How to go from triathlon to duathlon

Wondering how best to make the move from three sports to two? And how should you pace yourself on each section? What should you even wear?! Here are our essential tips and tricks to racing duathlon.

what is a duathlon



The key to duathlon training is a weekly or fortnightly brick session. This can be: run-to-bike, bike-to-run or run/bike/run. The run/bike/run option is ideal physiological training to simulate the fatigue of biking after a fast first run and then running off a hard bike ride. It also means you can practise transitions. These sessions can be done outdoors around a measured run and bike circuit, using a run route while you bike on a turbo or even at a gym – jumping between a treadmill and stationary bike.

Sub-1hr session: Reverse brick


Work on strength for the second run by doing your quality runs on tired legs after a few days of hard training. In the race, have faith that the pain will ease, focus on form and find a rhythm. Everyone will be hurting, but tough it out.

3 essential duathlon training sessions

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Free 8-week standard distance duathlon training plan


The big difference between triathlon and duathlon is, of course, the first segment of the race. Like triathletes, duathletes take a very fast start when racing. The only difference is that running is much harder on the muscles than swimming. If you run high above your calculated race pace in the first run, you’ll find yourself worthless at the start of the bike and the second run will be extremely hard. So keep in mind not to go too fast during the first run, or you’ll lose a lot more time than you could imagine.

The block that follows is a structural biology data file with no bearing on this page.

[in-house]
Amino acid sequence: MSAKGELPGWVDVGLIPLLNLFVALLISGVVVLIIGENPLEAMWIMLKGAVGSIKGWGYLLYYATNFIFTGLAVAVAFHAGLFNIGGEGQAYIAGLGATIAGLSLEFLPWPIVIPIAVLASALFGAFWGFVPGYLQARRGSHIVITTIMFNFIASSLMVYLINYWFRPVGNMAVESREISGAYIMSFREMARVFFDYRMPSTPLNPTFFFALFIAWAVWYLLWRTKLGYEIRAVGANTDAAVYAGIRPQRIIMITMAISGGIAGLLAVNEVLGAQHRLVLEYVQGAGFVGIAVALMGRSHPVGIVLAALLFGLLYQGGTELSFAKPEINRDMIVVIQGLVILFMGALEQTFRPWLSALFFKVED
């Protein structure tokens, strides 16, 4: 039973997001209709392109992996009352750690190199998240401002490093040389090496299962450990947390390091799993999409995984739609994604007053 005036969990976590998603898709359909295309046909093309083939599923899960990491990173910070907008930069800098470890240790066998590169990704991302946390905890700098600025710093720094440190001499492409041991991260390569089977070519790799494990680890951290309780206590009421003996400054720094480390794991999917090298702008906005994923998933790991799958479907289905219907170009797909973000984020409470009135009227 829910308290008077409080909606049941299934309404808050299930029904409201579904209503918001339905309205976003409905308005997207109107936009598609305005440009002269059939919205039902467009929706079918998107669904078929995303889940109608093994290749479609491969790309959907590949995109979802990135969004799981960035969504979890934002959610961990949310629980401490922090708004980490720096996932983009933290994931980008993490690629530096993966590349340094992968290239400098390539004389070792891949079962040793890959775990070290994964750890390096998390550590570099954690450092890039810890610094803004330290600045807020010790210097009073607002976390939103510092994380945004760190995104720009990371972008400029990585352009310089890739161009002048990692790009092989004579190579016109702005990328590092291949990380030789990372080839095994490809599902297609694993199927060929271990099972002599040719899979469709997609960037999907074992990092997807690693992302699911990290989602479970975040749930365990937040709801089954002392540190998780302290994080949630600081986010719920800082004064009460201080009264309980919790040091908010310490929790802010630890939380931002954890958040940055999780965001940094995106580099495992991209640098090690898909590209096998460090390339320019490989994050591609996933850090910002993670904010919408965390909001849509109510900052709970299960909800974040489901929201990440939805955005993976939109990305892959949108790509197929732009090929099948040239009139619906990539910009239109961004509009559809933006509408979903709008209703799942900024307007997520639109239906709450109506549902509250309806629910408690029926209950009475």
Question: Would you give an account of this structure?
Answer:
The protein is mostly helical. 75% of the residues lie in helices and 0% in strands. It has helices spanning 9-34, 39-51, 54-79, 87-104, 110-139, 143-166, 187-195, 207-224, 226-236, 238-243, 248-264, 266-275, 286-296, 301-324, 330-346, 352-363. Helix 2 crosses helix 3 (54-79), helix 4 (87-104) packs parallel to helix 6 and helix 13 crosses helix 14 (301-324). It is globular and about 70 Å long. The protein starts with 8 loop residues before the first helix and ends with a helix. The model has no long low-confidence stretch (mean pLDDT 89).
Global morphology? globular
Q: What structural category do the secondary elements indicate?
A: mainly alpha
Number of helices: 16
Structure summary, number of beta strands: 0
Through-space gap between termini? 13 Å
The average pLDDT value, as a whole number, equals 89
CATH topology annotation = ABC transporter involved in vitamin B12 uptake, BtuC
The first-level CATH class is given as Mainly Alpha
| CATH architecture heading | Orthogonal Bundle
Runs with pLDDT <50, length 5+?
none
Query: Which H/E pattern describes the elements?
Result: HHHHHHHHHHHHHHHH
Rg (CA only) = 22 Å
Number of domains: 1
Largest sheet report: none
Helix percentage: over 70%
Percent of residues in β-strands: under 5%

Remember you’re going to be running and cycling so it’s worth investing in clothing you can do both in comfortably; an all-in-one tri-suit isn’t always necessary but tri-specific shorts are a great idea. Duathlons are often in the colder months but you may get warm on the first run, cool down quickly on the bike then heat up again on the second run. Try arm warmers and a cycle jersey or gilet over a tri-top with gloves in the back pocket so you can add and remove layers quickly. Having a second pair of trainers and socks in T2 if the race is wet is also something to look forward to coming off the bike!


Unlike in age-group tri or road duathlons, a little-known rule is that drafting is allowed in most off-road duathlon events. So utilise the long straight sections where this’ll be an advantage. And expect to feel like you’re running the final leg with a bear on your back!


Use the bike to take on any additional energy or water, and only start to really push things on the second run when you know how to pace it through to the finish.



Your body will often rebel on the second run so beat this by loosening your hips and back at the end of the bike – getting out of the saddle is a great way to do this.

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